• 90 Critic Score
    Everything from the album’s sharp, shimmering opulence (its cover could be a still from Annihilation) to its thematic interactions between machine and being align it with Garland’s apocalyptic work. Objekt--whether artist, producer or mad professor--is on top of his game, and his latest creation is as beautiful as it is powerful.
    • 80 Metascore
    • 75 Critic Score
    The album might not have quite enough Flying Lotus for some, and a little too much Aloe Blacc for others, but it has just enough Georgia Anne Muldrow to be another worthy entry into the catalog of a truly gifted musician.
    • 71 Metascore
    • 50 Critic Score
    The speedy segue between Jungle Buddha’s raucous DnB cut “Drug Me” and Black Acid’s eponymous 303 track is the pick of the early exchanges, but it feels rushed and airless--deeply contrasting with Burial’s trademark spacey sound-chasms. ... [OKZharp & Manthe Ribane’s “Treasure Erasure”] arrives during a decent section that also includes the more gentle timbres of Ben Frost (remixed by Jlin) and Proc Fiskal (also on Hyperdub); these are nice, but are separated by the squeaky rudeboy MCing of Dean Blunt’s Babyfather alter-ego, another bizarrely jarring selection. ... FabricLive 100 feels hurried, uncomfortable, and impossible to feel truly at peace in.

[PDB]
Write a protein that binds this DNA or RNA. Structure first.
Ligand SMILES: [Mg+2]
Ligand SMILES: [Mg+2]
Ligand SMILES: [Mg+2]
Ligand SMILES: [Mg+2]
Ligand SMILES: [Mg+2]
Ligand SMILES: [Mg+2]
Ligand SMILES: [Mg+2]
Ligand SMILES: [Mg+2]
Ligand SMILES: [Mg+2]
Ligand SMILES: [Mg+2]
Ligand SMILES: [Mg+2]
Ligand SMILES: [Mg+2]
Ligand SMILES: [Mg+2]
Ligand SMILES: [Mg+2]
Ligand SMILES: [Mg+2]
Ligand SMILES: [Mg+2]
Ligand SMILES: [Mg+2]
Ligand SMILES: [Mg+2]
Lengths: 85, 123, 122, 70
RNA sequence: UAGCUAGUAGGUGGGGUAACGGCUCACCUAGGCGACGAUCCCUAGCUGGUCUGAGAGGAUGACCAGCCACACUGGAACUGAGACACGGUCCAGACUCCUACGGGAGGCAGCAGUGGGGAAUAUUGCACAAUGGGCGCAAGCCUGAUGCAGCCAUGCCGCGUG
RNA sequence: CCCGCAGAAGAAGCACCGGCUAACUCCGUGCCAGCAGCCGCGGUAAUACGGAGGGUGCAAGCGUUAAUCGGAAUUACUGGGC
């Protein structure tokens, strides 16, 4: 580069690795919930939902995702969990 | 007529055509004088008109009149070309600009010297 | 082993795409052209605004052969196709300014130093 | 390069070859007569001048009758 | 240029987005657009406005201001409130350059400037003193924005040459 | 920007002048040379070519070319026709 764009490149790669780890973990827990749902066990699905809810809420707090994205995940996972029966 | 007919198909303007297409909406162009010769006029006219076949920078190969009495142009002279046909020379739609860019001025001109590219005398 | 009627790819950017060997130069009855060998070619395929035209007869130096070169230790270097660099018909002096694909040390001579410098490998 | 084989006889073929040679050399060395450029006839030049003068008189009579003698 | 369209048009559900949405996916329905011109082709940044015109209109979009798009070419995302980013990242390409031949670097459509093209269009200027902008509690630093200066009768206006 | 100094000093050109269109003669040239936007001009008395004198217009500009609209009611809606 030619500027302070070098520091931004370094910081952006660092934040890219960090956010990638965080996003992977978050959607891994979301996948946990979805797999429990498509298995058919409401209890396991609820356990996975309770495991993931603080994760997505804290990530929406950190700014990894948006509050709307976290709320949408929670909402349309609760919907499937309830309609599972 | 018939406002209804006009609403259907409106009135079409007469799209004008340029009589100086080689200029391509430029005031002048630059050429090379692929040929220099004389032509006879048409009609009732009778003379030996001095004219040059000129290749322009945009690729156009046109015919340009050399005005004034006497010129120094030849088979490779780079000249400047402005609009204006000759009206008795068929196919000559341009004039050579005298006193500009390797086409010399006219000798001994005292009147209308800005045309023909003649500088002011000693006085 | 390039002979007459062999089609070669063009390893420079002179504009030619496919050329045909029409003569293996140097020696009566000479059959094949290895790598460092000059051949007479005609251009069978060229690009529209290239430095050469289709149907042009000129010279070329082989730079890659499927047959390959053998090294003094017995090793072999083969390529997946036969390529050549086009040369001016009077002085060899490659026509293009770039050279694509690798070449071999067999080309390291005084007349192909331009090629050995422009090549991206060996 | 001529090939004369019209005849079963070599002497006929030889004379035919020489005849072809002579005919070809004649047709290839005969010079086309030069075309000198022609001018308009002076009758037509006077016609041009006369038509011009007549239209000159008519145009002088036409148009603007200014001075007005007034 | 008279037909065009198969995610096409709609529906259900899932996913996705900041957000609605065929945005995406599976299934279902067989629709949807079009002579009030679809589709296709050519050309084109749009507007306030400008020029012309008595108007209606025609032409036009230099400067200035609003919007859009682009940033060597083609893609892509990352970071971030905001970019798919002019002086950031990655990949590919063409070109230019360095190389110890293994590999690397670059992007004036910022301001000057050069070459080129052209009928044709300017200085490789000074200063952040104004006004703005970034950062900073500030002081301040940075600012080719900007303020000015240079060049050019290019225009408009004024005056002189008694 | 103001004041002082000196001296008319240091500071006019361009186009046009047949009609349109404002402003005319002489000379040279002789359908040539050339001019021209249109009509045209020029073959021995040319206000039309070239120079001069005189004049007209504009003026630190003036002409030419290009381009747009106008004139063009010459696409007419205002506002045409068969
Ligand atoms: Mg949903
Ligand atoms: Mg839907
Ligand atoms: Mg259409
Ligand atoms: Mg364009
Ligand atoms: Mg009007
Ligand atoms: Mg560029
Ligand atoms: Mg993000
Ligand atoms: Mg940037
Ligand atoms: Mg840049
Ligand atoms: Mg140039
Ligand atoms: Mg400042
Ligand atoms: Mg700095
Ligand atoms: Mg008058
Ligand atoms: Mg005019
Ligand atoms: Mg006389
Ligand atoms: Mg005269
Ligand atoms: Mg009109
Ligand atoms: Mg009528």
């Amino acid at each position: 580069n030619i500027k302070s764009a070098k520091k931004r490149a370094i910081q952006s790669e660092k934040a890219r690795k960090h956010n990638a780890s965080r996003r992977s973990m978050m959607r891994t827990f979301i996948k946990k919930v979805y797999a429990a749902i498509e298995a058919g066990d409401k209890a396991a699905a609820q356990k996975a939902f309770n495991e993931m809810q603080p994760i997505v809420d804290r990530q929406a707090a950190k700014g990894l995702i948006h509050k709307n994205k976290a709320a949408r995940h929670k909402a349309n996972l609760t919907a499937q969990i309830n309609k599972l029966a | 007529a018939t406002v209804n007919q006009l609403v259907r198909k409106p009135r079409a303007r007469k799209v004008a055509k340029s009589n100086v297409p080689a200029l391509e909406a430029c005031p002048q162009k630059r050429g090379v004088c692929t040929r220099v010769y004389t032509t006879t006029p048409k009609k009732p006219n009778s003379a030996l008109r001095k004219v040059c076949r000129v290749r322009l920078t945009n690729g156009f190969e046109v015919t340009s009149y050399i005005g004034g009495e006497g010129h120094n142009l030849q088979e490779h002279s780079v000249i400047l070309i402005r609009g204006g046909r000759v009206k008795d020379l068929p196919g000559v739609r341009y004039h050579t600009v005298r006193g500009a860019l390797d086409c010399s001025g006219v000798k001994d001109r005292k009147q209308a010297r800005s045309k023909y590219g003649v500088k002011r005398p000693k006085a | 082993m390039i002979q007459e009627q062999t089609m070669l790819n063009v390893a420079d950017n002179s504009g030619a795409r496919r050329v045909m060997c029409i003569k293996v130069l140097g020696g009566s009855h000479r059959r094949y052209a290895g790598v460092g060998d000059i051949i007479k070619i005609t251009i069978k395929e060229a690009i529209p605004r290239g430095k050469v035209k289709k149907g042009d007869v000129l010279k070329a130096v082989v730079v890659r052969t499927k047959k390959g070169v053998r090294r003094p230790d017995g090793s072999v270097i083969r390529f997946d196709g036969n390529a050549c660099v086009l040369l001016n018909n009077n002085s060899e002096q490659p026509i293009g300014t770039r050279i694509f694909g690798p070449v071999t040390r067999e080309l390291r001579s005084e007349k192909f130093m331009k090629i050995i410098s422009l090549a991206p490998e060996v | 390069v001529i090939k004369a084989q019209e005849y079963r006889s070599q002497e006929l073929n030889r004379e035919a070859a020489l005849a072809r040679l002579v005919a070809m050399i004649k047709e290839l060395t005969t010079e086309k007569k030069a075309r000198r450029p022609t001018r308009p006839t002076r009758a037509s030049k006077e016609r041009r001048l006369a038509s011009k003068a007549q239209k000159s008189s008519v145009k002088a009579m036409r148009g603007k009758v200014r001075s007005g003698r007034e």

• 93 Metascore
    • 70 Critic Score
    With the lyrical talent she shows in places here, the more Noname challenges herself--the deeper she delves into her own mind--the more fascinating, stimulating, and thought-provoking her music will become.
    • 79 Metascore
    • 70 Critic Score
    Although beatless, it is not altogether one of those ambient albums you could play in the background and ignore, nor necessarily fall asleep listening to. At times unsettling and industrial-sounding, this is far from forgettable music; it is engaging, futuristic, and trippy as hell.
    • 82 Metascore
    • 65 Critic Score
    Upon first listen, this album will disappoint those searching for the clever and inventive dancefloor tracks for which Vynehall has become most loved. There isn’t actually anything here which could be recognized as house music. ... Once you do get over it--and it may take several listens--Nothing Is Still is an intriguing engagement with an ambitious artist clearly still in development.